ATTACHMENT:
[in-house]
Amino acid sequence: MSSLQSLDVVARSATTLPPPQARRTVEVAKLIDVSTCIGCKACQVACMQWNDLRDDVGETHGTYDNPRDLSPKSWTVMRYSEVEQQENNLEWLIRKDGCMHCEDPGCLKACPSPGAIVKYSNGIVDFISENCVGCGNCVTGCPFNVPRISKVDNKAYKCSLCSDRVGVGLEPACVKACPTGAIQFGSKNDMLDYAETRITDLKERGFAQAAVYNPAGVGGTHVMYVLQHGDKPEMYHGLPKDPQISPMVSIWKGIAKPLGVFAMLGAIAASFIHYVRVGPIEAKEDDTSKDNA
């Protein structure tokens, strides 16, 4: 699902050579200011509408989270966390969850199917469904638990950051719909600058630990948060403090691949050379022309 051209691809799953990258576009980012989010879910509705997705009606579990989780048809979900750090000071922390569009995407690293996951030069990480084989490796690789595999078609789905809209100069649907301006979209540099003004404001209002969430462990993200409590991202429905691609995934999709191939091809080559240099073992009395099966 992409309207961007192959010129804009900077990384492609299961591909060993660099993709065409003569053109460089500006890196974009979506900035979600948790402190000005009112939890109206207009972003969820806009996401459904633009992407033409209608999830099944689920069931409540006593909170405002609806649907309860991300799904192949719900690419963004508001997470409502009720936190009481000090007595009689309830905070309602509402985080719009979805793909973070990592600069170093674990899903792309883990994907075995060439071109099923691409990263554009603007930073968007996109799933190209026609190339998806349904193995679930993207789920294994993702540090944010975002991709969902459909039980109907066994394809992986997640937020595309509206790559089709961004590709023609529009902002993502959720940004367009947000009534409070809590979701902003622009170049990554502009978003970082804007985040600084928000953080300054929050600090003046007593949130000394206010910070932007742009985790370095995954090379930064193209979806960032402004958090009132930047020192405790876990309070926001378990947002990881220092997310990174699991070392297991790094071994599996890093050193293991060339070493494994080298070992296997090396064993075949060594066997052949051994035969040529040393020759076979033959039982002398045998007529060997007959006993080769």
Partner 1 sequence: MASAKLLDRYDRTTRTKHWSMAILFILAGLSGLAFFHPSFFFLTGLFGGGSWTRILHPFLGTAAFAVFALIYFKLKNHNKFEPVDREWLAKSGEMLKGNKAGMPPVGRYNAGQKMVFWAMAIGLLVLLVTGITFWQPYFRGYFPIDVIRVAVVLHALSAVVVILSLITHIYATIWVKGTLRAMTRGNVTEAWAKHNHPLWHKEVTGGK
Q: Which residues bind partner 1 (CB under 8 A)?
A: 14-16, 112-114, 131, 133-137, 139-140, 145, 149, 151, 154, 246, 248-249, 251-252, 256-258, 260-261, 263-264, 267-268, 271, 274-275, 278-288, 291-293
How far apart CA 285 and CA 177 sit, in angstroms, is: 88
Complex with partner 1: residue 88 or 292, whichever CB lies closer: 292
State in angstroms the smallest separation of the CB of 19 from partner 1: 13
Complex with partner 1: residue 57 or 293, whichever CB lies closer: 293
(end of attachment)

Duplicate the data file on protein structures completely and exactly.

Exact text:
[in-house]
Amino acid sequence: MSSLQSLDVVARSATTLPPPQARRTVEVAKLIDVSTCIGCKACQVACMQWNDLRDDVGETHGTYDNPRDLSPKSWTVMRYSEVEQQENNLEWLIRKDGCMHCEDPGCLKACPSPGAIVKYSNGIVDFISENCVGCGNCVTGCPFNVPRISKVDNKAYKCSLCSDRVGVGLEPACVKACPTGAIQFGSKNDMLDYAETRITDLKERGFAQAAVYNPAGVGGTHVMYVLQHGDKPEMYHGLPKDPQISPMVSIWKGIAKPLGVFAMLGAIAASFIHYVRVGPIEAKEDDTSKDNA
């Protein structure tokens, strides 16, 4: 699902050579200011509408989270966390969850199917469904638990950051719909600058630990948060403090691949050379022309 051209691809799953990258576009980012989010879910509705997705009606579990989780048809979900750090000071922390569009995407690293996951030069990480084989490796690789595999078609789905809209100069649907301006979209540099003004404001209002969430462990993200409590991202429905691609995934999709191939091809080559240099073992009395099966 992409309207961007192959010129804009900077990384492609299961591909060993660099993709065409003569053109460089500006890196974009979506900035979600948790402190000005009112939890109206207009972003969820806009996401459904633009992407033409209608999830099944689920069931409540006593909170405002609806649907309860991300799904192949719900690419963004508001997470409502009720936190009481000090007595009689309830905070309602509402985080719009979805793909973070990592600069170093674990899903792309883990994907075995060439071109099923691409990263554009603007930073968007996109799933190209026609190339998806349904193995679930993207789920294994993702540090944010975002991709969902459909039980109907066994394809992986997640937020595309509206790559089709961004590709023609529009902002993502959720940004367009947000009534409070809590979701902003622009170049990554502009978003970082804007985040600084928000953080300054929050600090003046007593949130000394206010910070932007742009985790370095995954090379930064193209979806960032402004958090009132930047020192405790876990309070926001378990947002990881220092997310990174699991070392297991790094071994599996890093050193293991060339070493494994080298070992296997090396064993075949060594066997052949051994035969040529040393020759076979033959039982002398045998007529060997007959006993080769």
Partner 1 sequence: MASAKLLDRYDRTTRTKHWSMAILFILAGLSGLAFFHPSFFFLTGLFGGGSWTRILHPFLGTAAFAVFALIYFKLKNHNKFEPVDREWLAKSGEMLKGNKAGMPPVGRYNAGQKMVFWAMAIGLLVLLVTGITFWQPYFRGYFPIDVIRVAVVLHALSAVVVILSLITHIYATIWVKGTLRAMTRGNVTEAWAKHNHPLWHKEVTGGK
Q: Which residues bind partner 1 (CB under 8 A)?
A: 14-16, 112-114, 131, 133-137, 139-140, 145, 149, 151, 154, 246, 248-249, 251-252, 256-258, 260-261, 263-264, 267-268, 271, 274-275, 278-288, 291-293
How far apart CA 285 and CA 177 sit, in angstroms, is: 88
Complex with partner 1: residue 88 or 292, whichever CB lies closer: 292
State in angstroms the smallest separation of the CB of 19 from partner 1: 13
Complex with partner 1: residue 57 or 293, whichever CB lies closer: 293